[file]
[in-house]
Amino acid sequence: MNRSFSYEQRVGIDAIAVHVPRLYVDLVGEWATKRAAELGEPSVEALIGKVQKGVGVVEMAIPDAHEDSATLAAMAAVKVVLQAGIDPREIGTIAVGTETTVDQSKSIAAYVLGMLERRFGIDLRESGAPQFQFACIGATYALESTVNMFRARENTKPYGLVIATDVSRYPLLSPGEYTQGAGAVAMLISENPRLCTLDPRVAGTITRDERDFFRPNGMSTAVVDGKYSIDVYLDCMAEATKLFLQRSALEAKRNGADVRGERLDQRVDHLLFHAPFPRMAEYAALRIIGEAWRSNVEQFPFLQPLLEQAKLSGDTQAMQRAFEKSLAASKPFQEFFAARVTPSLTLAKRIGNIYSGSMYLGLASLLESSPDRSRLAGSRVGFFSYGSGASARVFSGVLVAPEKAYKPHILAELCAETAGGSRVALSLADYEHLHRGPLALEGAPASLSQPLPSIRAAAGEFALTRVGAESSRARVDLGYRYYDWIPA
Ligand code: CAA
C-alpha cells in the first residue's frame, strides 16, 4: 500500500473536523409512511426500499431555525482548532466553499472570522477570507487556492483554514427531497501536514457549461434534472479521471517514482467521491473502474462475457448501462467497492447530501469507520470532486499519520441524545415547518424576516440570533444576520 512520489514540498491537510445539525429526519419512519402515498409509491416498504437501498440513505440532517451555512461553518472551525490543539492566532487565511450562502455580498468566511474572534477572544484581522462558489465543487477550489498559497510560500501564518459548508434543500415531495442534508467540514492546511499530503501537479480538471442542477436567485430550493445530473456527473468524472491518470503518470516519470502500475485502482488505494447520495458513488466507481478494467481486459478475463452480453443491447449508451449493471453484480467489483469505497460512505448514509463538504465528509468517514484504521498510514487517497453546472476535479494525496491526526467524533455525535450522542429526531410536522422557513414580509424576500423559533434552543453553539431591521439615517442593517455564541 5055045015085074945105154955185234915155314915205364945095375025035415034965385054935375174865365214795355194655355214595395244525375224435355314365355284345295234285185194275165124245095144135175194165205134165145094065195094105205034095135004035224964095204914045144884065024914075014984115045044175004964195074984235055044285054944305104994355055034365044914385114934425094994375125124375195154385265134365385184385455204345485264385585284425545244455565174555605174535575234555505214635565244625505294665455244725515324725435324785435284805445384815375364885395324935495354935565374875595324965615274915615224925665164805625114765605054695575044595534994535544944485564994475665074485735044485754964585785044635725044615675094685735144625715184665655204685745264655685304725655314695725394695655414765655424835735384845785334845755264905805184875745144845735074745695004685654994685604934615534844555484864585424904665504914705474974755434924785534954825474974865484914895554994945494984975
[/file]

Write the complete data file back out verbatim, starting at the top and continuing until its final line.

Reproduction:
[in-house]
Amino acid sequence: MNRSFSYEQRVGIDAIAVHVPRLYVDLVGEWATKRAAELGEPSVEALIGKVQKGVGVVEMAIPDAHEDSATLAAMAAVKVVLQAGIDPREIGTIAVGTETTVDQSKSIAAYVLGMLERRFGIDLRESGAPQFQFACIGATYALESTVNMFRARENTKPYGLVIATDVSRYPLLSPGEYTQGAGAVAMLISENPRLCTLDPRVAGTITRDERDFFRPNGMSTAVVDGKYSIDVYLDCMAEATKLFLQRSALEAKRNGADVRGERLDQRVDHLLFHAPFPRMAEYAALRIIGEAWRSNVEQFPFLQPLLEQAKLSGDTQAMQRAFEKSLAASKPFQEFFAARVTPSLTLAKRIGNIYSGSMYLGLASLLESSPDRSRLAGSRVGFFSYGSGASARVFSGVLVAPEKAYKPHILAELCAETAGGSRVALSLADYEHLHRGPLALEGAPASLSQPLPSIRAAAGEFALTRVGAESSRARVDLGYRYYDWIPA
Ligand code: CAA
C-alpha cells in the first residue's frame, strides 16, 4: 500500500473536523409512511426500499431555525482548532466553499472570522477570507487556492483554514427531497501536514457549461434534472479521471517514482467521491473502474462475457448501462467497492447530501469507520470532486499519520441524545415547518424576516440570533444576520 512520489514540498491537510445539525429526519419512519402515498409509491416498504437501498440513505440532517451555512461553518472551525490543539492566532487565511450562502455580498468566511474572534477572544484581522462558489465543487477550489498559497510560500501564518459548508434543500415531495442534508467540514492546511499530503501537479480538471442542477436567485430550493445530473456527473468524472491518470503518470516519470502500475485502482488505494447520495458513488466507481478494467481486459478475463452480453443491447449508451449493471453484480467489483469505497460512505448514509463538504465528509468517514484504521498510514487517497453546472476535479494525496491526526467524533455525535450522542429526531410536522422557513414580509424576500423559533434552543453553539431591521439615517442593517455564541 5055045015085074945105154955185234915155314915205364945095375025035415034965385054935375174865365214795355194655355214595395244525375224435355314365355284345295234285185194275165124245095144135175194165205134165145094065195094105205034095135004035224964095204914045144884065024914075014984115045044175004964195074984235055044285054944305104994355055034365044914385114934425094994375125124375195154385265134365385184385455204345485264385585284425545244455565174555605174535575234555505214635565244625505294665455244725515324725435324785435284805445384815375364885395324935495354935565374875595324965615274915615224925665164805625114765605054695575044595534994535544944485564994475665074485735044485754964585785044635725044615675094685735144625715184665655204685745264655685304725655314695725394695655414765655424835735384845785334845755264905805184875745144845735074745695004685654994685604934615534844555484864585424904665504914705474974755434924785534954825474974865484914895554994945494984975